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Most doctors feel that they provide good to above-average patient care. However, Canadian physicians rarely receive feedback about their clinical performance or patient outcomes. Although both of us believe that we provide excellent patient care, we have never received any data on our clinical performance or patient outcomes compared with other physicians or benchmarks. How can we learn to improve our provision of care without objective measures of our performance?
Measurement is a key first step toward improving quality. In the last decade, there have been movements in the United States, United Kingdom and Australia to systematically mea sure quality-of-care indicators. Some of these programs, called pay-for-performance programs, have linked financial rewards to the provision of health care.1–3 Quality is typically assessed by evidenced-based, process-of-care measures, such as the proportion of patients with myocardial infarction who are receiving β-blocker therapy at the time of discharge from hospital or the fraction of eligible women who receive Papanicolaou smears. Process-of-care measures are generally selected because they are relatively easy to assess and theoretically relate to important patient outcomes, such as survival.
There are various pay-for-performance models (Box 1).1,4,5 Their structure depends on several factors, including intended recipient of the reward (an individual or group) and the type of payment scheme. Performance can be measured and rewarded at the individual, group, hospital or regional level. Analysis of the care provided by groups recognizes that the quality of care depends on multiple providers; however, it is challenging to link the reward to an individual physician's efforts. Various payment schemes can be used: high-quality care can be rewarded or low-quality performance can be penalized based on quality benchmarks. Performance-related reimbursement can vary from a small bonus to a sizable proportion of overall clinical income. For example, a US Medicare project provides a 2% bonus to the highest quality hospitals, and in the United Kingdom about 25% of general practitioners' income can depend on achieving quality targets.2,6 Ontario's new primary care models include incentive payments for preventive measures, up to a maximum of $2200 for each of childhood immunizations, influenza vaccines, fecal occult blood testing, Pap smears and mammograms.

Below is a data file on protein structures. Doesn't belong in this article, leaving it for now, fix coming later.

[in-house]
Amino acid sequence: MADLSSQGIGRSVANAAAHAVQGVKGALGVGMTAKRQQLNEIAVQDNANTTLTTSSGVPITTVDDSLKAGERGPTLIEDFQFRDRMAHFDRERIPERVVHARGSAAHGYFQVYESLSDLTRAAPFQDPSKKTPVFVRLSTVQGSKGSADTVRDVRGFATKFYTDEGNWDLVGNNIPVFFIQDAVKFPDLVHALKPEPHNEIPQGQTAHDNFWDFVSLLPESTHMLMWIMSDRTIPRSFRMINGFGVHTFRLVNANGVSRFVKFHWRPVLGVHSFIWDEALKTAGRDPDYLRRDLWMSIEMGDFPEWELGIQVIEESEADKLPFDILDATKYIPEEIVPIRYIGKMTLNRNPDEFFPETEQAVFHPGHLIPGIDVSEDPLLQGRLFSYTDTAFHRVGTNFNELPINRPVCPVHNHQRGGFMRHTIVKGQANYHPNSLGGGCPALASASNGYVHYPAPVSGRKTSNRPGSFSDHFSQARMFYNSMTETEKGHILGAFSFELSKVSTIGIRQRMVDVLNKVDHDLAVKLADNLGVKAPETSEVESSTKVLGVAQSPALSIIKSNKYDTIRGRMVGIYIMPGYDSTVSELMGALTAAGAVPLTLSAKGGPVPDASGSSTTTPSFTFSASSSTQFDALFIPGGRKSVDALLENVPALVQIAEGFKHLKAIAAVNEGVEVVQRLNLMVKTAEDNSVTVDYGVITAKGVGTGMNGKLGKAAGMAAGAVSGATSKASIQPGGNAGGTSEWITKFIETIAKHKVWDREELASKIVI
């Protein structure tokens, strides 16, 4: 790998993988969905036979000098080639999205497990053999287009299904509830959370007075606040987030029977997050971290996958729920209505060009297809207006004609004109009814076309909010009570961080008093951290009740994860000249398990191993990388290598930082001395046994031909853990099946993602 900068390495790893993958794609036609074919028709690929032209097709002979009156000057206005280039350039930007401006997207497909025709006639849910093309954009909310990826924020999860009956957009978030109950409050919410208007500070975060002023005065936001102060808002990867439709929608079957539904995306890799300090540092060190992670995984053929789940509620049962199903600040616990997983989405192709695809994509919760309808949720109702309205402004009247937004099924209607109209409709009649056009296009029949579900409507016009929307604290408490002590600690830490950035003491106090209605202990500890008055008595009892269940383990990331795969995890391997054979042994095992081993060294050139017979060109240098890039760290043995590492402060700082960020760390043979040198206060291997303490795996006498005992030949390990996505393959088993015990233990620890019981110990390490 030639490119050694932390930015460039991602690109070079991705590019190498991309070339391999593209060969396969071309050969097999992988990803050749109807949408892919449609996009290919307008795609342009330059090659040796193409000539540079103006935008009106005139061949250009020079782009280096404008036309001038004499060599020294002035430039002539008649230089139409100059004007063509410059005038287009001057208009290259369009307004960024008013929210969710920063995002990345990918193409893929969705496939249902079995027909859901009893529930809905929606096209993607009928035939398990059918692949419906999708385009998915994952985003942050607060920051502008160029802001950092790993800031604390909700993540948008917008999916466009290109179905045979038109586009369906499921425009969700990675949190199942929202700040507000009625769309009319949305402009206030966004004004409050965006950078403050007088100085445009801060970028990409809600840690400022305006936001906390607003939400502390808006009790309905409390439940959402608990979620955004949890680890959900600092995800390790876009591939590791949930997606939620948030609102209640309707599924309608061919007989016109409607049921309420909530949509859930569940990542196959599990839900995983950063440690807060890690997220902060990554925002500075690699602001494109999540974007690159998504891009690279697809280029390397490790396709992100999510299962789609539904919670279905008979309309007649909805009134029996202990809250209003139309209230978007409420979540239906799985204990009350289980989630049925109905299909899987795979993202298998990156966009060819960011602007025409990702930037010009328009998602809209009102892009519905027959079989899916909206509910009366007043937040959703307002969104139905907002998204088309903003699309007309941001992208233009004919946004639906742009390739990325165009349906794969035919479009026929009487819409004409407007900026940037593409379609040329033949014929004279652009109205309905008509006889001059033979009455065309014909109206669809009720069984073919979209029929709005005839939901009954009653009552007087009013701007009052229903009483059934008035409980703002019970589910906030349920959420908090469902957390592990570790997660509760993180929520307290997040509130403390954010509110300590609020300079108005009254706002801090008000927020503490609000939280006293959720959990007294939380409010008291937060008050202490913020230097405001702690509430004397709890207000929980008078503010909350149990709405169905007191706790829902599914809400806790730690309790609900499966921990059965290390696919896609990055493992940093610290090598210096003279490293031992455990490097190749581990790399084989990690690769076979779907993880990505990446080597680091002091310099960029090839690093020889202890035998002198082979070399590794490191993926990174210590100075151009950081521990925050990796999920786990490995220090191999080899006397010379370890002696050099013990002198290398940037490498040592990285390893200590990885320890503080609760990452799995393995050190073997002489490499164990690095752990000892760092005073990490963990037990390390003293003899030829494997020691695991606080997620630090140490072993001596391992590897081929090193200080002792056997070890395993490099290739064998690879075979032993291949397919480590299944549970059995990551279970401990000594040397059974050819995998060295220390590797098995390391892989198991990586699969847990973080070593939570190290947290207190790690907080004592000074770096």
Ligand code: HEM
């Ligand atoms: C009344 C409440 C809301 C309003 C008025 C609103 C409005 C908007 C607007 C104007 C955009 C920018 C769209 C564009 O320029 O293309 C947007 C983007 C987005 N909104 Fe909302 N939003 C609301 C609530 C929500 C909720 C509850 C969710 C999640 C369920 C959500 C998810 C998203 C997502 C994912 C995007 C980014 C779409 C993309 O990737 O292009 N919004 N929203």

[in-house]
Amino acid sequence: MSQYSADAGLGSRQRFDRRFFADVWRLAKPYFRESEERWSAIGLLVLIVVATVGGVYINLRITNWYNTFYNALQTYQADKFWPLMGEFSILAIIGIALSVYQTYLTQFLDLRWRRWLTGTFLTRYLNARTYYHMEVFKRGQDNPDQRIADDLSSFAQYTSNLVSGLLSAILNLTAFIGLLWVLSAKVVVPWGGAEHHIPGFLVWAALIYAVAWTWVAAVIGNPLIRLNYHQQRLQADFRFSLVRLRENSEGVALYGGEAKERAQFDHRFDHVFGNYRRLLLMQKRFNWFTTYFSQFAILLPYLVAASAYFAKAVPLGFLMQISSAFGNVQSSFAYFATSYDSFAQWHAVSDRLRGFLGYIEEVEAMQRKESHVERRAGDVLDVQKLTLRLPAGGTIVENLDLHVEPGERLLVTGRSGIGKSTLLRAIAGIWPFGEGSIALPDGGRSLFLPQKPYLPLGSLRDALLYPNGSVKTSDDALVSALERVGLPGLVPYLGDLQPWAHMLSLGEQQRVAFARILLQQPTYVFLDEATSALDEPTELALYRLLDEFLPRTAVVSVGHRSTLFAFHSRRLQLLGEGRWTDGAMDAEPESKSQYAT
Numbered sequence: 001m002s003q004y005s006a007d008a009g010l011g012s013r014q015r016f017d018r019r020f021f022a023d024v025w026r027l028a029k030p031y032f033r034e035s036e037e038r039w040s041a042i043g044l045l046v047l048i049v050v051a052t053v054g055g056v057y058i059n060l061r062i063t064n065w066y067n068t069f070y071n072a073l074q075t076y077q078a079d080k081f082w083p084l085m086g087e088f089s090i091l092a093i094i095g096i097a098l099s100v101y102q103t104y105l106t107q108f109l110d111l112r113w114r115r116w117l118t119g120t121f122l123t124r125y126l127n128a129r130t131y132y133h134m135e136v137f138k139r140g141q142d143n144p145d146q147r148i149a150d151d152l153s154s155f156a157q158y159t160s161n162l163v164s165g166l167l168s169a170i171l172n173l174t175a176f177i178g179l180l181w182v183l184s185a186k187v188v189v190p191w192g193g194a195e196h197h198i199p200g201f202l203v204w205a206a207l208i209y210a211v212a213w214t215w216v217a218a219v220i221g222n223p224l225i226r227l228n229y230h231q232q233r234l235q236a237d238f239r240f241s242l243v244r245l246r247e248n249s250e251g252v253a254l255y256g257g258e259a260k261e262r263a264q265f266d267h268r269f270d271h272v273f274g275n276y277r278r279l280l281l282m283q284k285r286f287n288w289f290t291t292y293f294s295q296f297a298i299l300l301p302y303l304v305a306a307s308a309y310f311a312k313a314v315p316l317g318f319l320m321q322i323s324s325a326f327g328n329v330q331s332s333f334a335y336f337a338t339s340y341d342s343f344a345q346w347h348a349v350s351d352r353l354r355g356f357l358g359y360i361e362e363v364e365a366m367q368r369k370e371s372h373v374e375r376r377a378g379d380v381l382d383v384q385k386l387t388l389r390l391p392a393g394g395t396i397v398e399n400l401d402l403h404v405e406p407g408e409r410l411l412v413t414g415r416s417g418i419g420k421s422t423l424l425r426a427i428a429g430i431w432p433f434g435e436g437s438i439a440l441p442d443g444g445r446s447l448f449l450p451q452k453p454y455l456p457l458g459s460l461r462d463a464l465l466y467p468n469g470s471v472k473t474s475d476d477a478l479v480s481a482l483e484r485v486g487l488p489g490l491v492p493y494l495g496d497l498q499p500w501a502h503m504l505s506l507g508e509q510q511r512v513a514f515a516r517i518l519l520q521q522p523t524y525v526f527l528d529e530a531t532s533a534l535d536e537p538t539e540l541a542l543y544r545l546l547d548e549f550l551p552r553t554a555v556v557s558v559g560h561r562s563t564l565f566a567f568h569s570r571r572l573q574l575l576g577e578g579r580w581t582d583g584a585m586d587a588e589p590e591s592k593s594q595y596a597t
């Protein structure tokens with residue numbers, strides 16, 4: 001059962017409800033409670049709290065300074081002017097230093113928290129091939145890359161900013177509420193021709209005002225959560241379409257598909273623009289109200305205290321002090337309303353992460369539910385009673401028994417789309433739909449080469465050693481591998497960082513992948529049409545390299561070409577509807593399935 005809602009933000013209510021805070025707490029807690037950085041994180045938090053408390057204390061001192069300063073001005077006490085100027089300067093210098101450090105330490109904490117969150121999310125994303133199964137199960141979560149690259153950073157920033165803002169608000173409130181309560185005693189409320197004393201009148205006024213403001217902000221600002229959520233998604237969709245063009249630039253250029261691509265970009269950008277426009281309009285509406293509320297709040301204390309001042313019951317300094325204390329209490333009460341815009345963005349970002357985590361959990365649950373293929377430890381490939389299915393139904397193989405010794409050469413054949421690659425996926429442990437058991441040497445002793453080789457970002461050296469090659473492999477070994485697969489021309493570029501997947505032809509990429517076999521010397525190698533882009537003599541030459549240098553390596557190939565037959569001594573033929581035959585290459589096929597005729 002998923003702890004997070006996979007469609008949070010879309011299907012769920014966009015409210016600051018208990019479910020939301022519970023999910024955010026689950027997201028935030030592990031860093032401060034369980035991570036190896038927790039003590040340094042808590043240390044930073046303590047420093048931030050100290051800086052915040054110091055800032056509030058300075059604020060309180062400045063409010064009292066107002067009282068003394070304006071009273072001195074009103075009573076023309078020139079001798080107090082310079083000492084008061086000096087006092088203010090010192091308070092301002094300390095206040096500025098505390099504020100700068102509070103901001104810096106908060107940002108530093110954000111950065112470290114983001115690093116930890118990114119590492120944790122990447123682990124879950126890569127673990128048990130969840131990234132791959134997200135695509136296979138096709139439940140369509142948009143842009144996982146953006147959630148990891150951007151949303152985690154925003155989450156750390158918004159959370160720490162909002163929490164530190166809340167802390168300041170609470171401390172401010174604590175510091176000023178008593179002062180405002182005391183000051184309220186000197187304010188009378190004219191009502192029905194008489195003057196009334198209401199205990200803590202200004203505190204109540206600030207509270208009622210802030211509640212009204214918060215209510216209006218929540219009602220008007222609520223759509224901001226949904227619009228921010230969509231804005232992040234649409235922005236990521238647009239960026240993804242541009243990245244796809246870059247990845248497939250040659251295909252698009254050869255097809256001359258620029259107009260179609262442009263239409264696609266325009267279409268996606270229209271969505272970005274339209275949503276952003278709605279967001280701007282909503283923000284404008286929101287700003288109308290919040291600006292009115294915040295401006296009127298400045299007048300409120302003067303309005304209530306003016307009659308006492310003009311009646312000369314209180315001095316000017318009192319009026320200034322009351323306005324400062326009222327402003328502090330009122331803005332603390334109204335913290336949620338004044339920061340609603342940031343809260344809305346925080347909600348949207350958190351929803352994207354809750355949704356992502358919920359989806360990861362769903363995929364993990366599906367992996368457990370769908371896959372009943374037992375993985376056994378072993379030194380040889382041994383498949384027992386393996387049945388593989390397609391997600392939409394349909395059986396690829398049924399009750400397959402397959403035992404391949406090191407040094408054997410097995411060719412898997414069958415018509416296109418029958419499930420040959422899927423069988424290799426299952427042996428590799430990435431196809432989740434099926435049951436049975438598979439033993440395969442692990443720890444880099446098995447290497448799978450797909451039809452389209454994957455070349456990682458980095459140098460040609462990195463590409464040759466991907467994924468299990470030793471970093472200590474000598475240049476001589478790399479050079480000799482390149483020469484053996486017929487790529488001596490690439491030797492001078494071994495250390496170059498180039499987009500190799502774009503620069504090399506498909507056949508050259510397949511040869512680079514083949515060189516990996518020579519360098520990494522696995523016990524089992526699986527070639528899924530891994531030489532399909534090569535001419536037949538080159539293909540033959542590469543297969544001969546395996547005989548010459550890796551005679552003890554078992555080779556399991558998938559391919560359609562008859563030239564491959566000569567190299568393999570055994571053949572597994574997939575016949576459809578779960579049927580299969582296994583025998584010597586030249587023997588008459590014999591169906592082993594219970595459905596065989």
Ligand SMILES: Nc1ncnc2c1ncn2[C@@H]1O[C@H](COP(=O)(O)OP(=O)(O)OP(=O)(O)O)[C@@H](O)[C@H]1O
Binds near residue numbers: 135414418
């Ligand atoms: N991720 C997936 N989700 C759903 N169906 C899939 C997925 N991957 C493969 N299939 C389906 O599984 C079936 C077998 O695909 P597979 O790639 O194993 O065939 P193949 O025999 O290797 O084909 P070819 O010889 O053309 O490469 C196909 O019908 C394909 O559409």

In this issue of CMAJ (page 1705), Millett and colleagues7 report on their study of 2 facets of pay-for-performance incentives: whether financial incentives improve process-of-care measures and whether financial incentives improve patient outcomes. Using a study population of patients with diabetes in 32 participating primary care practices in southwest London, England, the authors examined the impact of pay-for-performance incentives introduced in 2004 on the documentation of smoking status and on the delivery of smoking cessation advice. They reported that the proportion of patients who had their smoking status recorded increased from 90.0% in 2003 to 98.8% in 2005 and that the proportion of patients who received smoking cessation advice increased from 48.0% to 83.5% during this period. They noted that the prevalence of smoking in the study population decreased from 20.0% in 2003 to 16.2% in 2005. Improvements were generally greatest in the groups with the poorest performance in the 2003 study period and among ethnic minorities — populations that traditionally receive lower quality care. Hence, these efforts may have helped to reduce variation in care between groups. The study by Millett and colleagues provides some evidence for the positive impact of pay-for-performance incentives on important measures of care.
These findings prompt a key question about pay-for-performance initiatives:9 Do these incentives result in improved patient outcomes or do they just lead to improved documentation and use of processes of care? For example, in the study by Millet and colleagues, we don't know if the patients acted on smoking cessation advice by seeking cessation programs. Cohort studies that examine pre-and post-intervention trends cannot control for secular trends (e.g., toward decreased smoking), which makes it difficult to ascribe the observed effect to the intervention alone.